Who is Kitaro Nishida?

Who is Kitaro Nishida?

June 25, 2021 Off By Felso

Kitaro Nishida was a Japanese philosopher who lived from June 17, 1870 to June 7, 1945.

He pioneered efforts to fuse the spiritual tradition of the East with Western philosophy.

Nishida, who received training on traditional Chinese philosophy from a Confucian teacher in her childhood, also took mathematics lessons from Hoco Takiyoshi. The fact that his education was based on Chinese culture played an important role in the formation of his personality and being influenced by Confucianism throughout his life.

Having established important friendships since his childhood, Nishida started teaching at a secondary school after graduating from the philosophy department of Tokyo University (1895). The following year, he was appointed to the Fourth College in Kanazawa, and two years later to the Yamaguchi College in Yamaguchi. Between 1899 and 1909, he taught psychology, logic, ethics and German at the Fourth High School, where he returned as a professor. During this period, he was also interested in Zen meditation practices and managed to make his name known as an original thinker of the Japanese philosophical world with his views in his work called Zen No Kenkyu (1911; Investigation of the Good).

Nishida, who was appointed professor of ethics at Kyoto Imperial University in 1909 after a professorship at Gakushuin University in Tokyo, became a professor of philosophy of religion in 1913. His philosophical views, which can be defined as the “philosophy of the ropos (place) of nothingness”, also matured in this period. In his last years at the university, he dealt with philosophical problems in more depth and tried to explain concrete facts with the logic he developed. He argued that the correct view of reality, which overcomes the duality of objectivity and subjectivity (mind and its objects) in the topos of nothingness, is of great importance for comprehending “historical reality in the historical world”. He further developed his views on absolute nothingness in his post-retirement Tetsugakuron bunfu (Philosophical Essays, 7 volumes).

Nishida’s views were attacked by nationalists and militarists during the Second World War, on the grounds that they were based on Western philosophy. In the following years, although it was criticized by Marxist and rationalist thinkers for their metaphysical approaches, such criticisms decreased over time as they could not find solid foundations. The philosophical criticisms of Takahashi Satomi and Tanabe Hacime are of greater importance.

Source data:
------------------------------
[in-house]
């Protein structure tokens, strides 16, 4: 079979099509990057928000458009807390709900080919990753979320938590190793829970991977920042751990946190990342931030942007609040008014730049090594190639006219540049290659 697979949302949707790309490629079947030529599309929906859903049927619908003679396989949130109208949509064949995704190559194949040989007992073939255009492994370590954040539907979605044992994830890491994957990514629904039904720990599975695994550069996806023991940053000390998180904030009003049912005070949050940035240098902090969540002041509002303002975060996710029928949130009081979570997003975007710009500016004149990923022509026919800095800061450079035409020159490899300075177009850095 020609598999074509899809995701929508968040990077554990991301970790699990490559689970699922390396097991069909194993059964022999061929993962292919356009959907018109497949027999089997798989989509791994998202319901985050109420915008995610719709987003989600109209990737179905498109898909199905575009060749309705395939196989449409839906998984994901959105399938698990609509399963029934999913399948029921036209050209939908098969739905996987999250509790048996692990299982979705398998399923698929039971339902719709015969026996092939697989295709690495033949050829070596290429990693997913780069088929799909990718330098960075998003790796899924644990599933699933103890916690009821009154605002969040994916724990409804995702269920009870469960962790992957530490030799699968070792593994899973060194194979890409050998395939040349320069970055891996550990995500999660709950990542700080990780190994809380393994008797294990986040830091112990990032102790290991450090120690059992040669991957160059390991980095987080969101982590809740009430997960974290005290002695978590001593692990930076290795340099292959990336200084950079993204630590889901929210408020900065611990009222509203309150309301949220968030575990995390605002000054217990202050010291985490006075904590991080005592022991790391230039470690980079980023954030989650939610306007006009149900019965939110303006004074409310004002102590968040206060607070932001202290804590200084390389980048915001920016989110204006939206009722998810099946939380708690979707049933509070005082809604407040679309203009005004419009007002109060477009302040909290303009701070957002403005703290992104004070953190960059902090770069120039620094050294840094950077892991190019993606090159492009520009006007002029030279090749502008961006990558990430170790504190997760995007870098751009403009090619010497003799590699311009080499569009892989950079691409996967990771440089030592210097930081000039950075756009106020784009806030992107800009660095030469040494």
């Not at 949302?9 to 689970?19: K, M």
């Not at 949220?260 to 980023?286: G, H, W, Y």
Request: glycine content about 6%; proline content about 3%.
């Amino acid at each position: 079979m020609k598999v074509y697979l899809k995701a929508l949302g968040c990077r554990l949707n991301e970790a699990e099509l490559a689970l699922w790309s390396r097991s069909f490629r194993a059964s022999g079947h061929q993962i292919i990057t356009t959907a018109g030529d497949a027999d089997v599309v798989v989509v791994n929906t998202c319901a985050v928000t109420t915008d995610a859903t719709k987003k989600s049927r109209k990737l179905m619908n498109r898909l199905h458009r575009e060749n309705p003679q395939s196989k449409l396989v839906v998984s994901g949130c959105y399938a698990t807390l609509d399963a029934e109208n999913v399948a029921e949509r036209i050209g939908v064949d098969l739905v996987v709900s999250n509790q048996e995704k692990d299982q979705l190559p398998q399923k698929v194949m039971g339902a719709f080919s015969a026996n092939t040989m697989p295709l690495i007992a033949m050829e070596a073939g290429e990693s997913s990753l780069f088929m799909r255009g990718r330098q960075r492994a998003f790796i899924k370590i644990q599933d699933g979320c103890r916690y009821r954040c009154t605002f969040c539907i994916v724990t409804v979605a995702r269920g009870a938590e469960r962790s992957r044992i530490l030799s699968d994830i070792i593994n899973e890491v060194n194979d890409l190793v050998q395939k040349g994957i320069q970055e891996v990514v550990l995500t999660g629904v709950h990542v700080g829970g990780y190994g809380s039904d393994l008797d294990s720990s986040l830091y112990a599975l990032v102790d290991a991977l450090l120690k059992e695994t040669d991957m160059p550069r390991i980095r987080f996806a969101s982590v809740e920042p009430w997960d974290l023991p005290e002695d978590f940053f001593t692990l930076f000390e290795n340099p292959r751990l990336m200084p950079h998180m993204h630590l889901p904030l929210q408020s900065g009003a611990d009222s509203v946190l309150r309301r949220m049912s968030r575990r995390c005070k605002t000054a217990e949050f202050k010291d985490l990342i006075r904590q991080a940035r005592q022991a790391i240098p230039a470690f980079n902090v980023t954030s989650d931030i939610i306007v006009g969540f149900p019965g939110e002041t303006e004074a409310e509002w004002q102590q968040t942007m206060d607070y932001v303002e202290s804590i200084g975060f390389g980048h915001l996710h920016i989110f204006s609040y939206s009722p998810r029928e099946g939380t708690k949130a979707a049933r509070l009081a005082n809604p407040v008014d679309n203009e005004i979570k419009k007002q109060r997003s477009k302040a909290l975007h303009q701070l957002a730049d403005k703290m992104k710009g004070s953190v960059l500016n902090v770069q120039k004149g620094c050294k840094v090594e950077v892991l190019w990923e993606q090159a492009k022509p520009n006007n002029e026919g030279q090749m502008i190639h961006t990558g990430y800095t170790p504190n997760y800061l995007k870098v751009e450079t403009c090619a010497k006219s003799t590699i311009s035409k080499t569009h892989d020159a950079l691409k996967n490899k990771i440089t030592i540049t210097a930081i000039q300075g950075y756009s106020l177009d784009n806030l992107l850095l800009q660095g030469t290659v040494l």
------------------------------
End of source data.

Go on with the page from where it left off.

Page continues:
While Nishida was developing his philosophical views, he also benefited significantly from the philosophy and psychology views of William James, as well as the Zen practices that he pursued intensively for a long time. He interpreted his own basic intuitions philosophically, using psychology concepts from James. In the first chapter of Zen no kenkyu, he tried to clarify the concept of “pure experience”, arguing that “pure experience” denotes “immediate” experience in which there is no thought element. He added his own religious experiences based on Zen education to this concept he developed. Since this concept excludes the duality of subject and object, it completely excludes the separation of whole and part. The entire universe is crystallized in one’s being. The whole being of the person becomes transparent in his actions. It means “to know in relation to events”. The themes such as the depth of reality, the person’s direct relationship with reality, and the dynamic system that develops itself within the creative consciousness flow form the basic elements of Nishida’s philosophy.

According to Nishida, judgment is formed by the analysis of the intuitive whole. For example, the judgment that a horse is running derives from the immediate experience of a running horse. The correctness of a judgment depends on the reality of the underlying intuitive totality in which that judgment is formed through the duality of subject and object. A judgment can be verified by referring to the intuition from which it originates through its duality, because here intuition is a self-forming whole like the “concept” of Hegel. Nishida uses the phrase “all reality is intuition” or “all reality is immediate consciousness”, similar to Hegel’s propositions “everything is concept” or “everything is judgment”. Because, according to him, “consciousness is the only reality.” In the second phase of Nishida’s philosophical development, he was influenced by the French philosopher Henri Bergson and tried to integrate his views with the Neo-Kantian views that were influential in Japan at that time. In his work Cikaku ni okeru Çokkan to hansei (1917; Intuition and Reflections on Self-Knowledge), he did not change his basic views, but expressed the concept of pure experience differently. Under the influence of Neo-Kantianism, he adopted a purely logical approach, purging his views from psychological terms. At the dead end he finally reached, he turned to mysticism after logic was insufficient. Thus, he tried to explain the concept of “self”, which he defined as the unity of thought and intuition, on a mystical basis.

In the third phase of his philosophical development, he reversed his previous approach. In his book, Hataraku mono kara miru mono e (1927; From the Acting Self to the Seeing Self), he broke completely with transcendental idealism and took the “I” as his point of departure.